In the daily reading this passage is divided into three separate readings, and while there is something to say about those three section individually, they really are part of one whole. So today’s blog post will take us through to next Tuesday, so don’t expect any new
posts on Monday and Tuesday.
This is where the Gospel of Mark takes a big turn. After healing the man from Bethsaida, Jesus asks his disciples, “who do people say that I am”, and then follows it up with “who do you say that I am”. This is the pivotal point in Mark. Mark begins in 1:1 with the declaration that Jesus is “the Son of God”. Since then we’ve seen Jesus heal, cast out demons, walk on water, feed thousands and even affect the weather. He is exhibiting god-like qualities. He is doing the kinds of things that a god does. So it’s maybe natural to wonder what people are thinking. When Peter says, “you are the Messiah”, he gets the question right, but then Jesus does something strange. He tells Peter not to tell anyone, which would indicate that Peter is correct, but then in verse 31 it says that Jesus began to teach them about the “Son of Man”. All along Jesus has been the “Son of God”, but he suddenly starts referring to himself as the “Son of Man” (which he has done a couple times before in Mark, but much more explicitly here).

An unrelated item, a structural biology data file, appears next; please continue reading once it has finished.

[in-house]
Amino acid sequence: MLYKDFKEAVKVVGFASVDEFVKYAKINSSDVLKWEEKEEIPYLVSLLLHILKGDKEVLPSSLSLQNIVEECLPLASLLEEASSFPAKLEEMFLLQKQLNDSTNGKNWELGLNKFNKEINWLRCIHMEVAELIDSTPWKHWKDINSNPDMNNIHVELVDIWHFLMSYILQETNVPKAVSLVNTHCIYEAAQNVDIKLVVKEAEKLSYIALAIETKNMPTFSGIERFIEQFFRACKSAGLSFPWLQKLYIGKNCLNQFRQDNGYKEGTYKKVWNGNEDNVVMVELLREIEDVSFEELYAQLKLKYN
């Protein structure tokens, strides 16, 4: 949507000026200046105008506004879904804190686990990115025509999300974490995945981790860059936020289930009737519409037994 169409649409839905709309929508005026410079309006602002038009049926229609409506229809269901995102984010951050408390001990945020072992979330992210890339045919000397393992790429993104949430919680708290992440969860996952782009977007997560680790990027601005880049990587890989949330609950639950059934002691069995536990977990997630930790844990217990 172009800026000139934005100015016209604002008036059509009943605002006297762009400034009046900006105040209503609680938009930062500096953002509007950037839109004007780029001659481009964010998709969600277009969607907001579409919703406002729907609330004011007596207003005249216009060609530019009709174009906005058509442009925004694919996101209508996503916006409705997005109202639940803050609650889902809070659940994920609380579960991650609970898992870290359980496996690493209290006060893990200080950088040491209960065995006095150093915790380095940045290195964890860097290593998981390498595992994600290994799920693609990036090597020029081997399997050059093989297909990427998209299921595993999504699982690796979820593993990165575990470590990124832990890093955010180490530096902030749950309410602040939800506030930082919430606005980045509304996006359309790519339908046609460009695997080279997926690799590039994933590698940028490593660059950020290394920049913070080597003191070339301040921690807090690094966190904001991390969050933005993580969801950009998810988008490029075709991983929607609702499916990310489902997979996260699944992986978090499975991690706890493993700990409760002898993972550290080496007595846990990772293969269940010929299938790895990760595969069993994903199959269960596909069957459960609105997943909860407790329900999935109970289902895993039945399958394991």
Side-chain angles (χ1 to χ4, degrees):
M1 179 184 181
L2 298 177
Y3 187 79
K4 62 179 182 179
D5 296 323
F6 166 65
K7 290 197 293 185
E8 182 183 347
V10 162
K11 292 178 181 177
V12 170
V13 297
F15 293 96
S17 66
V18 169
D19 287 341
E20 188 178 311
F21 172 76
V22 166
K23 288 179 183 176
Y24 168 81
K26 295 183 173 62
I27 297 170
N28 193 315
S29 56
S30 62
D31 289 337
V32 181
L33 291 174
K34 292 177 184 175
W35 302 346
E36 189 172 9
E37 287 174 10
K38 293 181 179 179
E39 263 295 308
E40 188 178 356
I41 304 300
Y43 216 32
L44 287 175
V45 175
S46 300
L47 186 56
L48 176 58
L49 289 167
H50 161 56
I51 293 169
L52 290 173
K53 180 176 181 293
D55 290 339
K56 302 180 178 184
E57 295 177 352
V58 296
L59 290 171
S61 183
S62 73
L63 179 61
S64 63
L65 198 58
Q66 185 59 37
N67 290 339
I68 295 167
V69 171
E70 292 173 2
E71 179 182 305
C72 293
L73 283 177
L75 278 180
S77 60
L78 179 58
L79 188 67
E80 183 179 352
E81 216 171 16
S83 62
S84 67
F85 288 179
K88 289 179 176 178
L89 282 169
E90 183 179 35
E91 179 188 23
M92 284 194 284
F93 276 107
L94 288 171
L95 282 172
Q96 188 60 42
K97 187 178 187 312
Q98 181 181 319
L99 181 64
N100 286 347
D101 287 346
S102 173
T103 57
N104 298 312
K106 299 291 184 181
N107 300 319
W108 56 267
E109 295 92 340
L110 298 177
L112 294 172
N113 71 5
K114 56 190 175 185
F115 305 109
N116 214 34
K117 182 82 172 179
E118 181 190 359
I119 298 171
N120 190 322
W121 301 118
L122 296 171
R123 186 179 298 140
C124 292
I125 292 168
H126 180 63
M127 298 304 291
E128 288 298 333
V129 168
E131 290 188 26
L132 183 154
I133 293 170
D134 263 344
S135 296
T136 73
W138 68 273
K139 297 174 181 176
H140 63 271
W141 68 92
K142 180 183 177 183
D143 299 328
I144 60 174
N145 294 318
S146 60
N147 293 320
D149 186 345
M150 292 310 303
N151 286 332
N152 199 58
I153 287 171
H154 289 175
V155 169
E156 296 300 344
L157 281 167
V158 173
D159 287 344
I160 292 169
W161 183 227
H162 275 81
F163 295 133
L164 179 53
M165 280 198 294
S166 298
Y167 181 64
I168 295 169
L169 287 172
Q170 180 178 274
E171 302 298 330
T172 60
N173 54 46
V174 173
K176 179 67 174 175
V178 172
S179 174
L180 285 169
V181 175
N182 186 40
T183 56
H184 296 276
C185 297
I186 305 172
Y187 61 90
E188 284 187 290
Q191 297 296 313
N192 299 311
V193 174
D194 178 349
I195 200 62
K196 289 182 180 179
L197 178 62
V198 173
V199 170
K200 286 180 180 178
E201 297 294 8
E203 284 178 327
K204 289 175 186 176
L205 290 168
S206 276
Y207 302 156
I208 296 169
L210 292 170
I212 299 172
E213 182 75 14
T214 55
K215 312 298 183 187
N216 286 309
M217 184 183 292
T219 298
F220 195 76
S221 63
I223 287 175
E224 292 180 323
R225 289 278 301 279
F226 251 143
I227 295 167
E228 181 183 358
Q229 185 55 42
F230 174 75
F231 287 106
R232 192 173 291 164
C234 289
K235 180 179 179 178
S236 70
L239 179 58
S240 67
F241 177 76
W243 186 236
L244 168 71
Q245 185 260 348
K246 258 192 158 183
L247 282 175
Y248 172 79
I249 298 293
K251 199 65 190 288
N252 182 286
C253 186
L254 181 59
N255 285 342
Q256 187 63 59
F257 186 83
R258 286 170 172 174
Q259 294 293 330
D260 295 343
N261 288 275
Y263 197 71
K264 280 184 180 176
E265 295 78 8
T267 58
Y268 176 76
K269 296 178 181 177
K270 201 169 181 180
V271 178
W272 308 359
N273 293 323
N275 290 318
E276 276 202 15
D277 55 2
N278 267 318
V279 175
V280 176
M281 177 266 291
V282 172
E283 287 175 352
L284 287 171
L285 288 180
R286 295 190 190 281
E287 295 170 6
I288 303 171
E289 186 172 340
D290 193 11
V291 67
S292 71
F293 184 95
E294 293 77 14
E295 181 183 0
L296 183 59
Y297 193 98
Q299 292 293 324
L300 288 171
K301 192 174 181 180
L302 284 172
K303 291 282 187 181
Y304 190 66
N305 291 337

The Son of Man is a complex phrase that refers back Daniel 7:13 and his prophecy about the Messiah, so when we read the “Son of Man” in the scriptures, we are reading Messianic language, which Peter would have known and which would have affirmed Peter’s answer. But what Jesus says about the Messiah is not at all what Peter, or anyone, would imagine about the Messiah: He “must undergo great suffering…”
This is the turn in Mark. All along Jesus has been living into this “Son of God” identity, but here we learn what the “Son of God” and “Son of Man” really does. Walking on water, healing, feeding the masses, calming storms, that’s all fine and dandy. That’s all good and powerful, but what really marks what God is like is the laying down of one’s life for his friends. Yes God is all powerful, capable of marveling us with mighty deeds, but what makes God truly God is God’s capacity to love and serve to the fullest degree. What makes God truly God is God’s unchanging, unending, sacrificial, steadfast love. This is the “Son of God” that we see throughout all of Mark but begins to become realized from here through the the Gospel’s end. We see the God which Paul sang about in Philippians 2:6-8
Let the same mind be in you that was in Christ Jesus, who, though he was in the form of God, did not regard equality with God as something to be exploited, but emptied himself, taking the form of a slave, being born in human likeness. And being found in human form, he humbled himself and became obedient to the point of death— even death on a cross…